Every so often, a book is published that will prove the definitive work on its subject. This is such a book and fully justifies its cover price, although Pen & Sword are famous for their discounts and special offers for on-line purchasers, so a real bargain is possible. The full cover price will not deter an enthusiast or a naval professional and copies are likely to fly off the shelf for private and professional libraries around the world. Hopefully, the readership will be even wider, because this is a book that covers naval anti-aircraft weaponry and systems comprehensively and with integrity.
NAME: Naval Anti-aircraft Guns & Gunnery
CATEGORY: Book Reviews
AUTHOR: Norman Friedman
PUBLISHER: Pen & Sword
BINDING: hard back
GENRE: Non Fiction
SUBJECT: WWII, World War Two, Second World War, aircraft, naval aviation, AAA, anti-aircraft guns, anti-aircraft gunnery, defensive fire, machine guns, canon, medium guns, HA, High Angle, DP, Dual Purpose.
DESCRIPTION: Every so often, a book is published that will prove the definitive work on its subject. This is such a book and fully justifies its cover price, although Pen & Sword are famous for their discounts and special offers for on-line purchasers, so a real bargain is possible. The full cover price will not deter an enthusiast or a naval professional and copies are likely to fly off the shelf for private and professional libraries around the world. Hopefully, the readership will be even wider, because this is a book that covers naval anti-aircraft weaponry and systems comprehensively and with integrity.
For more than five hundred years, the gun was the supreme naval weapon. Each new generation of gunners sought to increase the range and accuracy. At what was to prove the end of the gun as the primary naval weapon, it had been married to radar, high definition optics and fire control computers. It still continues on, but now as CIWS to defend against unmanned weapons systems and in medium calibre to take on lower value targets or targets too close for safe missile lock. It has almost entirely been superceded by aircraft and missiles.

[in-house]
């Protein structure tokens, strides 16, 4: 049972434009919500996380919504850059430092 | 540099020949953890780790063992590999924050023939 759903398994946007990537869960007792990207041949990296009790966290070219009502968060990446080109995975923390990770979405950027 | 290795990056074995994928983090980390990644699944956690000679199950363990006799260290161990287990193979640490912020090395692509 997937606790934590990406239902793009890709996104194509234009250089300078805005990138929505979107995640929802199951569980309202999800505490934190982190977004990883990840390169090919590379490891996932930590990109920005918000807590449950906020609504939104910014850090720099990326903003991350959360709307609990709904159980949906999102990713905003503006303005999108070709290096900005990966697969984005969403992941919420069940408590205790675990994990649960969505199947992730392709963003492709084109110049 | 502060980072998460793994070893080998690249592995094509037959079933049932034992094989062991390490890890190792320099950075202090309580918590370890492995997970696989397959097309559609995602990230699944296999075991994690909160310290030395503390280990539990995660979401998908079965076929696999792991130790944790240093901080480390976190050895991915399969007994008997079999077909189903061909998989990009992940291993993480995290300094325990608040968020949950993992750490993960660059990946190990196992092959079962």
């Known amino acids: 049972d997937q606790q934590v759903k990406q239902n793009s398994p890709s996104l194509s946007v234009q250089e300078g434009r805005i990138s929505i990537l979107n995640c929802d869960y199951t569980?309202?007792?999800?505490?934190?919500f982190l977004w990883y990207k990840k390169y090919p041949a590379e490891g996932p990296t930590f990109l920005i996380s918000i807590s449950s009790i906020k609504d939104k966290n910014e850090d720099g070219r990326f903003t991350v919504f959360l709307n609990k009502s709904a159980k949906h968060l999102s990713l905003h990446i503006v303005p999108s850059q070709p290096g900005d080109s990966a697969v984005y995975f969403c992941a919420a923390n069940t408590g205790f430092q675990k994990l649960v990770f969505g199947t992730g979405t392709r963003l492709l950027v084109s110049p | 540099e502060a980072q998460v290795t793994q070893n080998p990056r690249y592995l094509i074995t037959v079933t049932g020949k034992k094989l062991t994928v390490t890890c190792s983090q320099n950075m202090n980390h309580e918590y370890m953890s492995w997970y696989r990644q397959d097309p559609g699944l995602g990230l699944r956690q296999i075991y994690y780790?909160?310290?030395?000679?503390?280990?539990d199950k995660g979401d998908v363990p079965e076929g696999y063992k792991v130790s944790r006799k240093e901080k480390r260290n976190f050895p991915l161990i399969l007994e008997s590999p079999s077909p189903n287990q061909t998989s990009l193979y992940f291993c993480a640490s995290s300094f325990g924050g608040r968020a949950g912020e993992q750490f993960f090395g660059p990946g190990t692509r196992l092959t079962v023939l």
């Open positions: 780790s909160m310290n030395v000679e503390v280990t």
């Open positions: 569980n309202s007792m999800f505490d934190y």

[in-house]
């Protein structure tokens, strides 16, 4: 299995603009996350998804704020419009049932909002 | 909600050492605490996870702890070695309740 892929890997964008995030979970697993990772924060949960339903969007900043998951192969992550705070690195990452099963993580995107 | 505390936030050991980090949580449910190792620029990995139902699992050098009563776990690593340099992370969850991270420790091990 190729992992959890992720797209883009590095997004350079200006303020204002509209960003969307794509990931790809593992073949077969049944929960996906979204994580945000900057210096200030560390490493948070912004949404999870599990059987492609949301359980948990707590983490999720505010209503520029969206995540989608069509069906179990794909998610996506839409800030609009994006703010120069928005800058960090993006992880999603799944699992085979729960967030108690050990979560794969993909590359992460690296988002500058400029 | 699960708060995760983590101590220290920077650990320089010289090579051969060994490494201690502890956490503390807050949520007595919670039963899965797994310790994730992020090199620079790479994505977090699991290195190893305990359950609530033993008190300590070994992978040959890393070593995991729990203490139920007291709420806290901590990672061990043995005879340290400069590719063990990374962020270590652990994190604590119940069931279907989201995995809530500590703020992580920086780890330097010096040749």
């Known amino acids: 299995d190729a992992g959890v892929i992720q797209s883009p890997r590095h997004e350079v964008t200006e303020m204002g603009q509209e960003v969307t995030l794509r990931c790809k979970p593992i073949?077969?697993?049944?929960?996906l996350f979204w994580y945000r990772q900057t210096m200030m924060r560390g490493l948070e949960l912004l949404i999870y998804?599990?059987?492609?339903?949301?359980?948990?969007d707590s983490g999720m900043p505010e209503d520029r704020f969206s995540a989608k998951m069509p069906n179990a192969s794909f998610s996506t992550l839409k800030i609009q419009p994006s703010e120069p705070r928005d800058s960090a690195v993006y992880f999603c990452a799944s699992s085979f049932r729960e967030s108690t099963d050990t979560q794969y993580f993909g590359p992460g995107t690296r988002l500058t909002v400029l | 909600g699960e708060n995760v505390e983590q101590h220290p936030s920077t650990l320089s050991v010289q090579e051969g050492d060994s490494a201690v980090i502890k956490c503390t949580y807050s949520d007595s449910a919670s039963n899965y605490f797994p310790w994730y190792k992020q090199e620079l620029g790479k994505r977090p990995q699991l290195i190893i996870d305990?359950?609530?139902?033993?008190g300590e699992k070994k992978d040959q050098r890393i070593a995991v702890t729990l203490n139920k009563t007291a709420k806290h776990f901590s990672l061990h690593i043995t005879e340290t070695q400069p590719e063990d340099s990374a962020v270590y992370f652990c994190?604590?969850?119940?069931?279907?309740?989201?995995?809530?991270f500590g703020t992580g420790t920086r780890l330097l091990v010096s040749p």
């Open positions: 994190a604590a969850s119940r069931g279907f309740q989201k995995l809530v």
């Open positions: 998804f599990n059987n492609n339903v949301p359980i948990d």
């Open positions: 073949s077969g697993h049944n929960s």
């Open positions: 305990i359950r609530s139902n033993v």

The Royal Navy appreciated the coming changes very early on. In 1911 formal training of British naval aviators had begun at a training field initially operated free of charge by the Royal Aeronautical Society, before being purchased and run by the Admiralty. The first pilots to complete their flying training were tasked with writing the first manuals and tactical notes. This resulted in recommendations on the use of bombs, depth bombs and torpedoes. The RN successfully made the first drop from an aircraft of a torpedo just weeks before the outbreak of WWI. Through WWI, the RNAS expanded rapidly and demonstrated the power of the military aircraft, with parallel development of aircraft carriers and anti-aircraft gunnery. The move of all British aviation assets into the newly formed RAF in 1918 was to prove damaging to naval interests and the RN, in common with other navies, was poorly prepared to defend its ships against the aircraft and aerial weapons becoming available in 1939, simply because they had spent the period between 1918 and 1939 dependent on the RAF with its obsolete marine aircraft, facing inadequate training for anti-aircraft gunnery crews. This was both a lack of days in exercise against aerial attackers, and in a lack of aircraft with greater potential than the aircraft of 1918.
Some development by several navies did advance anti-aircraft gunnery between the World Wars, but the major advances came from bitter experience after 1939. The Royal Navy had prepared to launch a strike from carriers on the German High Seas Fleet in port in 1918. The attack plans were set aside when the RN lost its aircraft to the RAF. In 1939, the plans were dusted down and later used in a strike on the Italian Fleet in its homeport, giving the RN a six month advantage in the Mediterranean. The success of the raid encouraged the Japanese to make their own plans for a strategic strike on the US Pacific Fleet at Pearl Harbour. It was only bad luck for the Japanese that the US carriers were at sea and escaped the attack. Had they been tied up in harbour, the Japanese would have secured a six to eight month advantage and that would have allowed them to land troops in Australia and probably to negotiate an armistice that allowed them to keep most or all of their annexed territories. They also demonstrated the superiority of aircraft when their bombers caught HMS Prince of Wales and HMS Repulse. Although Repulse was a WWI design, Prince of Wales was the latest RN KGV Class battleship. Although the war emergency battleship Vanguard was built, with second hand guns taken from ships converted to aircraft carriers, the KGV Class was the last full class of battleship built by Britain, and the British design ultimate for that type of warship.